International Women’s Day falls on 8 March. Claire Ronald explains why it’s so important
This Saturday is International Women’s Day.
It’s an occasion for looking back on past struggles and accomplishments.
More importantly, it is a chance to look ahead at the untapped potential and opportunities that await future generations of women.
As I think about this potential I look at how unrepresented women are in the very professional fields in which we dominate.
The Equality and Human Rights Commission’s 2011 Sex and Power report tells us that women make up 51 per cent of the British population and girls are routinely outperforming boys at both school and university.
Though well-qualified women are entering the labour market in increasing numbers, as well as populating the ranks of middle management, these changes are not yet reflected in the senior ranks.
Within the NHS only one health trust chief executive in three is a woman.
While this rate might seem reasonably high, you have to remember that, according to the King’s Fund, 80 per cent of the non-medical workforce is female.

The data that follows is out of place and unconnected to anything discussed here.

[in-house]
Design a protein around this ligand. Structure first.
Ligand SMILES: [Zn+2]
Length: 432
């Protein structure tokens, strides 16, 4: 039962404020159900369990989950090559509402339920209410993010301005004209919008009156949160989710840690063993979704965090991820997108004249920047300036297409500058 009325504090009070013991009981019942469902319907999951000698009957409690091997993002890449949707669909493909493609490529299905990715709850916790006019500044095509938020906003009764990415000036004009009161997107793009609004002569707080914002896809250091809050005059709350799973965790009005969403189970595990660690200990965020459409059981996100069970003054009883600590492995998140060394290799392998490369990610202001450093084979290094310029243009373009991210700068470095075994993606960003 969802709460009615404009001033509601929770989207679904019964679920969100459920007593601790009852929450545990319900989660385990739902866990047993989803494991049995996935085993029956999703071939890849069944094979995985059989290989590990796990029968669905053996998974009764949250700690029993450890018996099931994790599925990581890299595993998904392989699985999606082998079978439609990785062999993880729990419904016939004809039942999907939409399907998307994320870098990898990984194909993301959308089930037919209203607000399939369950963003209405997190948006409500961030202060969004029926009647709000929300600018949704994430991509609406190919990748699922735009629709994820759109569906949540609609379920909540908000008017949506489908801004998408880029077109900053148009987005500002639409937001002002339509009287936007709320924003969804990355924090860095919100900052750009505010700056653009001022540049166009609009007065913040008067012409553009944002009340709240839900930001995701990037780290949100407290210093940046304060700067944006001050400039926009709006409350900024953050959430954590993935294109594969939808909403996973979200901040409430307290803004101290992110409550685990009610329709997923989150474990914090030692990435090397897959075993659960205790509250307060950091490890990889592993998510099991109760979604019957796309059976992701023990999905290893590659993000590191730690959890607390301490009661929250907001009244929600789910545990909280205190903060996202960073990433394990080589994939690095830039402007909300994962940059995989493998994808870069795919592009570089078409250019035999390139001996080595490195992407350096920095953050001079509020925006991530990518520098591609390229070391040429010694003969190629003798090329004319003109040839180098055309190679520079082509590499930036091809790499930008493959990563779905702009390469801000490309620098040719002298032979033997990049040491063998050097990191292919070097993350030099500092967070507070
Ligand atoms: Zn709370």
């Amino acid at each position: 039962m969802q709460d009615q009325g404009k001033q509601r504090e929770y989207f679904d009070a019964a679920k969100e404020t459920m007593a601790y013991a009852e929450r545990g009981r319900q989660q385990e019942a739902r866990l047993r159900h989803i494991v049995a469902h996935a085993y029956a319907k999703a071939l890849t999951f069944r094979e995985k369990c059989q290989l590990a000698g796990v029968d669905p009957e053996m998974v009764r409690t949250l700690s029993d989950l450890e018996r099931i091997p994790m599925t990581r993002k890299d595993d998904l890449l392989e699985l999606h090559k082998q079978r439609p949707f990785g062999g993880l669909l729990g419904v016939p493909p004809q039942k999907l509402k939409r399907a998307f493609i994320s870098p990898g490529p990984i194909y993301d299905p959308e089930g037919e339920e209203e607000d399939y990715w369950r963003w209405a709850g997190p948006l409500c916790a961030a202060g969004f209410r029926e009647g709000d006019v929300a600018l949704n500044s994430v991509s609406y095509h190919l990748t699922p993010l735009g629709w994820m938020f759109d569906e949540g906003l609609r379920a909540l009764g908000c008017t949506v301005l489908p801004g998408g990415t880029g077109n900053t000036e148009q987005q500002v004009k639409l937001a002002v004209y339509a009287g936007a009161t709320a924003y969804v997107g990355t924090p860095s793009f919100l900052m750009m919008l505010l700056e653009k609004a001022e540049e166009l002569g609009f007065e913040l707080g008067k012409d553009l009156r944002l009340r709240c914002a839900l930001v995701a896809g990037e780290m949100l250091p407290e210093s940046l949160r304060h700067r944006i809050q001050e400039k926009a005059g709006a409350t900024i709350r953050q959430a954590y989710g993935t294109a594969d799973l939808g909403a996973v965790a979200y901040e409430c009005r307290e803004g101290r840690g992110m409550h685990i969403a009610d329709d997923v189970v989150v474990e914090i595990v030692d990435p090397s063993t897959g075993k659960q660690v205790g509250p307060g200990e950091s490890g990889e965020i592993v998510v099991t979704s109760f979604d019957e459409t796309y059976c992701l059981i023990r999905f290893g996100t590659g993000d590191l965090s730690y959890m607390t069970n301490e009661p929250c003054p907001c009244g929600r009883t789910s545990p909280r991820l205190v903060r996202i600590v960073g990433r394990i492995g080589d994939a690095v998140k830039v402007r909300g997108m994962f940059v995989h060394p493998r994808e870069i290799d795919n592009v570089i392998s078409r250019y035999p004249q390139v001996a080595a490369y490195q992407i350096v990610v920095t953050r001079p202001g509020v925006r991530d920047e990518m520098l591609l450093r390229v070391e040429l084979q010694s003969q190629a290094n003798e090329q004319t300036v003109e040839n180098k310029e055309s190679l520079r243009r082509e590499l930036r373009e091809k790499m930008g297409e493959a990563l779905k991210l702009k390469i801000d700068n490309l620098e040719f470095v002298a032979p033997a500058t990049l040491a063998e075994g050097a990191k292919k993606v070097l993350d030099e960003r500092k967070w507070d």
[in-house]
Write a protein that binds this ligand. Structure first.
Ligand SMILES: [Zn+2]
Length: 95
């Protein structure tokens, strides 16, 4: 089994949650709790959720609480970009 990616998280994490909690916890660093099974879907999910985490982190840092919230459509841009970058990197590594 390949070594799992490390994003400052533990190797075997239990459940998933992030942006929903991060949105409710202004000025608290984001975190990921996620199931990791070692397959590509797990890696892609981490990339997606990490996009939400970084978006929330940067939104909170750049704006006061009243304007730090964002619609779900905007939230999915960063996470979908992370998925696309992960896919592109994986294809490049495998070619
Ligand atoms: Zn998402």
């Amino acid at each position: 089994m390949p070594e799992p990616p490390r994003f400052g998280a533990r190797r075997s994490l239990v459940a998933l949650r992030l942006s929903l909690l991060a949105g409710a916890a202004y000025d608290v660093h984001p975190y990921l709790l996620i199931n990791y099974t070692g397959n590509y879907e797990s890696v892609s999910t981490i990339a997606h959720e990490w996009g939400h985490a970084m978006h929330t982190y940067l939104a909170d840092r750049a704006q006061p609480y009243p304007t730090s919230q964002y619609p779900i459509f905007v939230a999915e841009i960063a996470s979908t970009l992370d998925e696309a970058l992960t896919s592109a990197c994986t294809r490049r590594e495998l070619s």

Norway imposed a 40 per cent quota for women on corporate boards as the result of studies that showed that the more women there are at the top of a company the better its financial performance, see Retaining top women business leaders
Would the NHS benefit from a similar scheme?
And as we look beyond the UK the problems encountered by women become starker and more frightening.
Women make up more than 50 per cent of the global population, but fill less than 20 per cent of all parliamentary seats.
Is that why we see women accounting for 70 per cent of the population living in absolute poverty (on less than $1 (US dollar) a day). And why globally girls are less likely to reach adulthood because of gender discrimination.
Tens of millions of girls have been aborted, killed, undernourished, or terribly neglected due to their gender.
Hopefully, this column will encourage you to reflect and find out what’s happening in your area to celebrate the day.
For more information, visit the International Women's day website
Clare Ronald is a CSP senior negotiating officer
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